The Haunted House has some excellent gags. There’s a lot of set gags in the finale, when bank clerk Keaton ends up in the–well, the haunted house. His coworker–a delightfully evil Joe Roberts–is actually a counterfeiter who uses the haunted house to print money; the haunted bit is just a cover. Lots of great comedic set pieces, including the collapsing stairs.

Earlier, there’s even a nice bit with Keaton doing lower key physical comedy when he can’t get dollar bills off his hands (there was an incident with some glue). The Haunted House is a smooth experience, with lots of pay-off, at least in terms of the gags.

Keaton and co-director Cline are somewhat limited in their ambitions for House. The gags are good, but lengthy. There’s nowhere near enough story. House is funny stuff and extremely well executed, but it finishes up somewhat underweight.

2/3Recommended

CREDITS

Written and directed by Edward F. Cline and Buster Keaton; director of photography, Elgin Lessley; produced by Joseph M. Schenck; released by Metro Pictures Corporation.

Starring Buster Keaton (Bank Clerk), Virginia Fox (Bank President’s Daughter) and Joe Roberts (Bank Cashier).


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Neighbors (1920, Edward F. Cline and Buster Keaton)

I’m not sure what the best thing is about Neighbors. There’s the comic pacing, there’s the comic acrobatics, there’s the story, there’s the acting. Co-directors Keaton and Cline quickly introduce this fantastic setup–Romeo and Juliet across a fence in an alley and then immediately get into two very complicated Keaton-fueled acrobatic mastery. It segues into a mistaken identity chase sequence, then resolves in a melodramatic plot development giving seven cast members (sadly, the bride and groom’s mothers are uncredited) each something to do, before wrapping up in another acrobatic chase sequence.

It’s the perfect slapstick comedy, but it’s also a great romantic comedy, a great comedy of errors. All in seventeen or so minutes. Keaton and Cline perfectly time every shot, every scene.

Neighbors is a perfect seventeen minutes of film. Keaton and Cline do a fantastic, masterful and totally understated job with the film. It’s magnificent.

3/3Highly Recommended

CREDITS

Directed by Edward F. Cline and Buster Keaton; screenplay by Cline and Keaton, based on a story by Keaton; director of photography, Elgin Lessley; produced by Joseph M. Schenck; released by Metro Pictures Corporation.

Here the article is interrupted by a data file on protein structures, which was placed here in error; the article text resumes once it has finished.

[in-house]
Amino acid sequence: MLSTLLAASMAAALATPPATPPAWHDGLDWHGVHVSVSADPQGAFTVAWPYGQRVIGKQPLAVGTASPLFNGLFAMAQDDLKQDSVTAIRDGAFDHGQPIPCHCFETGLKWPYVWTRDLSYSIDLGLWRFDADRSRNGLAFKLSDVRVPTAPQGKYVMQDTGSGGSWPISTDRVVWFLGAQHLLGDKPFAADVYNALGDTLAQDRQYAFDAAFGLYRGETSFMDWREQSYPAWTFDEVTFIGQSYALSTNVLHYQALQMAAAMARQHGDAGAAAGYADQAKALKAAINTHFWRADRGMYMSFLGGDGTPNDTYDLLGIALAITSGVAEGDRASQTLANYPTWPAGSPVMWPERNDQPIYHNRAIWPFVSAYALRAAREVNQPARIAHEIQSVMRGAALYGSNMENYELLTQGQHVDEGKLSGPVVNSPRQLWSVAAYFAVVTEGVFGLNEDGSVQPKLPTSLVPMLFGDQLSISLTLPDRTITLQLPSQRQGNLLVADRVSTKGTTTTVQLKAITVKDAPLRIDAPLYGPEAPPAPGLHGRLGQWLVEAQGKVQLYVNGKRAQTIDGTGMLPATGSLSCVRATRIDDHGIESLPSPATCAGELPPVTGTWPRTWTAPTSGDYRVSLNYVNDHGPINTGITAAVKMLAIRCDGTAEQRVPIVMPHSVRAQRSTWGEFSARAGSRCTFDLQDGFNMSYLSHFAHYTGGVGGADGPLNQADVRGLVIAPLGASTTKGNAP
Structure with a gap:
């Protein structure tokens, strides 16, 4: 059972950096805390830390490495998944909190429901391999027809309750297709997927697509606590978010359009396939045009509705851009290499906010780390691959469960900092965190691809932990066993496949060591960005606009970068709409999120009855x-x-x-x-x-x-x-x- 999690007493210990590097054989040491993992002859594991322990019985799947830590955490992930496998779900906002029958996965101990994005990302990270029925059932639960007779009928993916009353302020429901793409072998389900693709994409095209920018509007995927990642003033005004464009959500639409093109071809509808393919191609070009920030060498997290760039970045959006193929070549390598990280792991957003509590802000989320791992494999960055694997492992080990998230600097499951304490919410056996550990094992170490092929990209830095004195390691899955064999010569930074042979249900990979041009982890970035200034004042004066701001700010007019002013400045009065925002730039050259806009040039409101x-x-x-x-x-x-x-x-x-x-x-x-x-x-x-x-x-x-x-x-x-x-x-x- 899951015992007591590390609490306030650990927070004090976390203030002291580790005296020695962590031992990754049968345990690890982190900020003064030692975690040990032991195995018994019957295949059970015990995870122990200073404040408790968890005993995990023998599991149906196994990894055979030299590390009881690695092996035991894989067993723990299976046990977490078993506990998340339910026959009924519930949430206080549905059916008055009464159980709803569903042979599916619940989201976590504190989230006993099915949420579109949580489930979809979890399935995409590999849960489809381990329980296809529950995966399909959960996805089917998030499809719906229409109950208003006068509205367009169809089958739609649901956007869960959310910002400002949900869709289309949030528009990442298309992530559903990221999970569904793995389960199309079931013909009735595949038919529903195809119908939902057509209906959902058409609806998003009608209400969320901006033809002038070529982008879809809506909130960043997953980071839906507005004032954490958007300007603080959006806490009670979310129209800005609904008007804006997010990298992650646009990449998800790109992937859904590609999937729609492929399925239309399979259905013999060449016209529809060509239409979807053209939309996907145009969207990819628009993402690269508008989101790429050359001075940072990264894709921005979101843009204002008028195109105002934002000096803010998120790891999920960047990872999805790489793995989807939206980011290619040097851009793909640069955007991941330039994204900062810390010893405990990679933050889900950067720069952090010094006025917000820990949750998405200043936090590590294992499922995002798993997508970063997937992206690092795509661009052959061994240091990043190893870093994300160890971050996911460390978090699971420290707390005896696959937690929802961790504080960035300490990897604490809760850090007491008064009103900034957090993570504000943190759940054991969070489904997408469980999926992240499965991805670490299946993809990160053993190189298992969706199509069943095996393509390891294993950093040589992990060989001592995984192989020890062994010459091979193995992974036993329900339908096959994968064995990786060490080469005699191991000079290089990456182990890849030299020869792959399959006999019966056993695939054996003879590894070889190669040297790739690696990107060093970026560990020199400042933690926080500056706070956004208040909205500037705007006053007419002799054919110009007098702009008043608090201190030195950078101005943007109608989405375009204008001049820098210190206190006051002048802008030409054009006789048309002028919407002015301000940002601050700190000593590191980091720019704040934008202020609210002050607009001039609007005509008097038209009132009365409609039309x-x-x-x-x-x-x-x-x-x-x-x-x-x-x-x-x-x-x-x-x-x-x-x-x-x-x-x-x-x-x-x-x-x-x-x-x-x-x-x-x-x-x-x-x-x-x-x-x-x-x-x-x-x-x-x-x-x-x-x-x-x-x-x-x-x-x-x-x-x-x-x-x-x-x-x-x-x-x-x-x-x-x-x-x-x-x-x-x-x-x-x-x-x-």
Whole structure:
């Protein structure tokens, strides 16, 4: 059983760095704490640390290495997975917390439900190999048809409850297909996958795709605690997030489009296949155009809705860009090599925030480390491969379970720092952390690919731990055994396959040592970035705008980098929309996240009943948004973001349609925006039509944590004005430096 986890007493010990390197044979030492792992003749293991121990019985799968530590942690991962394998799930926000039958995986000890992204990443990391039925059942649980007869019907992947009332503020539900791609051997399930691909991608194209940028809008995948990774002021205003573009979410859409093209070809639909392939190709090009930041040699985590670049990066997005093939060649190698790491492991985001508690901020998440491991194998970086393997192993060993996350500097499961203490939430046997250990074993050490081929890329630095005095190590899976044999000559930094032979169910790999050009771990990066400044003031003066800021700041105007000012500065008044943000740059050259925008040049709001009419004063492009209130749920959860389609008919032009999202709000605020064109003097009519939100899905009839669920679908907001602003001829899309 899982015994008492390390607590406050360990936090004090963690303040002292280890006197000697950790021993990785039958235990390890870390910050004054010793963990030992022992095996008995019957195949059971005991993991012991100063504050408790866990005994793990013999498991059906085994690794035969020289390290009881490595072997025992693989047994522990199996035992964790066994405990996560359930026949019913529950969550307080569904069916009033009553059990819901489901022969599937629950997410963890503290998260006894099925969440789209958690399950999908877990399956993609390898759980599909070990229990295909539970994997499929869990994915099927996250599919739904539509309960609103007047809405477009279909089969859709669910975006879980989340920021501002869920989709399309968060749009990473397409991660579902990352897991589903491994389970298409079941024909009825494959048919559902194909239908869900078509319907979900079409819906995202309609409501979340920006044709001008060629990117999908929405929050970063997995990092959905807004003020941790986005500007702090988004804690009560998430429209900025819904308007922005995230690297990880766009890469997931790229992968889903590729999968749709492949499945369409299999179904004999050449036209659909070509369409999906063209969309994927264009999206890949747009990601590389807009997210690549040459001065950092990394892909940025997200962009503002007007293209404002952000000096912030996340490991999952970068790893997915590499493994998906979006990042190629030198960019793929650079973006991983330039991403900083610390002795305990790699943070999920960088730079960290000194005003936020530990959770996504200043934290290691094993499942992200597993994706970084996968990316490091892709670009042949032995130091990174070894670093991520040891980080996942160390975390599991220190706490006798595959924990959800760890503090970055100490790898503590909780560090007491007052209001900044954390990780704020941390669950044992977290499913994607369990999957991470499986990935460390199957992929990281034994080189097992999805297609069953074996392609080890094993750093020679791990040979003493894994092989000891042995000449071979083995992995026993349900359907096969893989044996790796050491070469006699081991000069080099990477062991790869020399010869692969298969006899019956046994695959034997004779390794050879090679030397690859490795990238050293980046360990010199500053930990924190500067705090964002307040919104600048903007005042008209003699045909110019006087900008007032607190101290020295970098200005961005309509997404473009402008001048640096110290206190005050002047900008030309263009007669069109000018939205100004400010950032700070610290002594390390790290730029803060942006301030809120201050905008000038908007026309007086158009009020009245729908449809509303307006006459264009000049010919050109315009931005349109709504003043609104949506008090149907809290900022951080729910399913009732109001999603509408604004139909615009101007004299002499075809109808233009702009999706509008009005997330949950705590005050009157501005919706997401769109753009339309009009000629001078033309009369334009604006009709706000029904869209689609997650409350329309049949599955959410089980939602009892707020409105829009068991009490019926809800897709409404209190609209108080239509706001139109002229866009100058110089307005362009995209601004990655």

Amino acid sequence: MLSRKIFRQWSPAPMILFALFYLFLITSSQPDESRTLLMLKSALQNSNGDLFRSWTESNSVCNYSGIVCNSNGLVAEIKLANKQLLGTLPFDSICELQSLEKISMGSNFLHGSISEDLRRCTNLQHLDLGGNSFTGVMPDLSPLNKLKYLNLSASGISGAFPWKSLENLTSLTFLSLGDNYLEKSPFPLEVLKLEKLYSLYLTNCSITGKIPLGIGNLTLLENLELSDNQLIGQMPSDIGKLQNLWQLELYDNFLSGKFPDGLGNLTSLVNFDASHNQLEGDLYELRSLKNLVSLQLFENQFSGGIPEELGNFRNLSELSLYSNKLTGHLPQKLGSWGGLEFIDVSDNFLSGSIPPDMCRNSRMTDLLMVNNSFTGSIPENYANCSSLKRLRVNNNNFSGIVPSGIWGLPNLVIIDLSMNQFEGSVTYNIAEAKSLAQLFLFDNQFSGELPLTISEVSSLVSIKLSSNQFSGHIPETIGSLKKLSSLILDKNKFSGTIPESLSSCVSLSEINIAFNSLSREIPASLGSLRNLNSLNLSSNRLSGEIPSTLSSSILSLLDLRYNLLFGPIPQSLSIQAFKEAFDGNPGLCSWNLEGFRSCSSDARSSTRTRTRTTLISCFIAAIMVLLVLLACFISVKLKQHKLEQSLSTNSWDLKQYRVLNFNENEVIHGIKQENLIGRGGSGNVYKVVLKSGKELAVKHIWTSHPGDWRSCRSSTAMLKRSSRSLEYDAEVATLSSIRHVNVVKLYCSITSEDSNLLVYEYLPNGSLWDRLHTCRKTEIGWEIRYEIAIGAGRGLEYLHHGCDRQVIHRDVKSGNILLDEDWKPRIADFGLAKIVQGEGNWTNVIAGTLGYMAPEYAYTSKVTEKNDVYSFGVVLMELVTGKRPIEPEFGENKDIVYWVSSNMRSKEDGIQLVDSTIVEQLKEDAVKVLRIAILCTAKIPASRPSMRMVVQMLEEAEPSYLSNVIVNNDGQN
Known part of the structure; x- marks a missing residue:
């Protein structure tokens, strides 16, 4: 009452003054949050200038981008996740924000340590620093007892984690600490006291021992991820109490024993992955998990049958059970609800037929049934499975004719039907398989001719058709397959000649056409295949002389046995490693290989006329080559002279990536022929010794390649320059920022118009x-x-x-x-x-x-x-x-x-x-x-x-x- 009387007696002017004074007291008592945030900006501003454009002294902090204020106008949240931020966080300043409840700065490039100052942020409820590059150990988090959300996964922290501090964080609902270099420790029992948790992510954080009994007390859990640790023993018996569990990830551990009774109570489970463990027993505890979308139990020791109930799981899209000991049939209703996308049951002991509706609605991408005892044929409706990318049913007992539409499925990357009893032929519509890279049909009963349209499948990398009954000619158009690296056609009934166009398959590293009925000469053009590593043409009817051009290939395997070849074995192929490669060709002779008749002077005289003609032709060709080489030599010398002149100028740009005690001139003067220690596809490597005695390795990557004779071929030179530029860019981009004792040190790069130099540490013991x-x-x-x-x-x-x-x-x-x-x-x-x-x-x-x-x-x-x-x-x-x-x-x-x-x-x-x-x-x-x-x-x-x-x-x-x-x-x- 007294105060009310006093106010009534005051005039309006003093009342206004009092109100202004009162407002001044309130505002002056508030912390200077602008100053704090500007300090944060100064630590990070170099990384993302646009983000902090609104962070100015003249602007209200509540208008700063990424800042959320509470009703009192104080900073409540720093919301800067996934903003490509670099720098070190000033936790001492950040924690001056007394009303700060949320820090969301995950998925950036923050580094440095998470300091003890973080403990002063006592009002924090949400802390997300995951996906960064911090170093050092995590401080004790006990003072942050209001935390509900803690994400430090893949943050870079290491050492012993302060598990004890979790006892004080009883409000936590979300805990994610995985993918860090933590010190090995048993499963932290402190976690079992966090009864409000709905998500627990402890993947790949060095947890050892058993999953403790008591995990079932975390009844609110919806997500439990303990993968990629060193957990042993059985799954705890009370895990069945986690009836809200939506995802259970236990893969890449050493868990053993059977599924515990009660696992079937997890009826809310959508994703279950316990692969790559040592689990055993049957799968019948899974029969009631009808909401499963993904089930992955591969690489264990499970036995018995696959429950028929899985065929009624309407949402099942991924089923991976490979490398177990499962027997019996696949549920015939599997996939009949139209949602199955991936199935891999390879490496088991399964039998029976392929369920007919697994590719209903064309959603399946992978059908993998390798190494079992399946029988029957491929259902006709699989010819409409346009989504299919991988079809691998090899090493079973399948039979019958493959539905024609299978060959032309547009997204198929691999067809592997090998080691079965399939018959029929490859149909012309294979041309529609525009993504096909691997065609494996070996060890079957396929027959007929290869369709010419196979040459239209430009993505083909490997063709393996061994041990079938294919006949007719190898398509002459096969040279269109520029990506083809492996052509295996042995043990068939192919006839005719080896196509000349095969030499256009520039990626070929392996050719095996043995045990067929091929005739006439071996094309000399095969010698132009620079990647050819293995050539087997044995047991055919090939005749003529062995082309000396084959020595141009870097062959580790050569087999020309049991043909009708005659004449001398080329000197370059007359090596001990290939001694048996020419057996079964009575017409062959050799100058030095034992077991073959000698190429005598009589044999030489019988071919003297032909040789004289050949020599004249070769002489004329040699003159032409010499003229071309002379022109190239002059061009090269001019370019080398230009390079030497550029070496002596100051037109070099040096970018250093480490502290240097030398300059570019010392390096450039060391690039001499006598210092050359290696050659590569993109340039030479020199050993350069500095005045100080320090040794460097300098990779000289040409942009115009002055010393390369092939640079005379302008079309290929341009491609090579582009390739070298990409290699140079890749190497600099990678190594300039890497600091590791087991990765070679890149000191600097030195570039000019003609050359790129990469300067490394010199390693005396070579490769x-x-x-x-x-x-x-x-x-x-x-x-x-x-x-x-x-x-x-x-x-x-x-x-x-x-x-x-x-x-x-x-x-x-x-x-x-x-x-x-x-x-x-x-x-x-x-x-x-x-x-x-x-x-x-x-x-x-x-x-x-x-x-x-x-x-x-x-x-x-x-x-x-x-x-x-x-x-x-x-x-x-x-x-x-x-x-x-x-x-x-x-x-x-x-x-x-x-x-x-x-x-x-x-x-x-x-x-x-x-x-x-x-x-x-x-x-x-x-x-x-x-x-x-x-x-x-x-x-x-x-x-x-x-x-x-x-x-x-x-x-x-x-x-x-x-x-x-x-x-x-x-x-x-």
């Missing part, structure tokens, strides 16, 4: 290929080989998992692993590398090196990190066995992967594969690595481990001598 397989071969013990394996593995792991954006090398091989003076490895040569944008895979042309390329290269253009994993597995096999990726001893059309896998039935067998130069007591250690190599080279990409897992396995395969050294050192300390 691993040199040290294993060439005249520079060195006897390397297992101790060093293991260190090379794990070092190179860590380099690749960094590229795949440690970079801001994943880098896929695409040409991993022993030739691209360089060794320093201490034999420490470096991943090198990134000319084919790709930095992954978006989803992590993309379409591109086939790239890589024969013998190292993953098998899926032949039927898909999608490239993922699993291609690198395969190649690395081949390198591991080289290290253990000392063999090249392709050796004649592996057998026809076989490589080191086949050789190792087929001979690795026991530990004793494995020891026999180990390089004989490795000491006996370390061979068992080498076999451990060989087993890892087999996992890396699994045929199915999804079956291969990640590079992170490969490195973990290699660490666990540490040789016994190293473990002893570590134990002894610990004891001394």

Starring Buster Keaton (The Boy), Virginia Fox (The Girl), Joe Roberts (Her Father), Joe Keaton (His Father), Edward F. Cline (The Cop) and Jack Duffy (The Judge).


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The Scarecrow (1920, Edward F. Cline and Buster Keaton)

The Scarecrow opens with a lengthy practical effects sequence. Buster Keaton and Joe Roberts are roommates and they have an elaborately designed “concise” home. It’s like IKEA’s dream, only with manually pulled ropes instead of some kind of remote control.

(There’s also a gag Chaplin had, a year later, in The Kid).

Turns out the roommates are in love with the same girl (Sybil Seeley, who’s appealing with nothing to do). Somehow, this love triangle results in Keaton getting chased by Seeley’s possibly rabid dog while both he and Roberts run afoul of her father (played by Joe Keaton).

The automated home alone would be enough of a gag for an entire short, the dog chase would be enough for an entire short, but then directors Keaton and Cline turn it all into a runaway romance and chase picture. The Scarecrow’s a breathtaking achievement of technique, practically and narratively.

3/3Highly Recommended

CREDITS

Written and directed by Edward F. Cline and Buster Keaton; director of photography, Elgin Lesley; released by Metro Pictures Corporation.

Starring Buster Keaton (Farmhand), Joe Roberts (Farmhand), Sybil Seely (Farmer’s Daughter) and Joe Keaton (Farmer).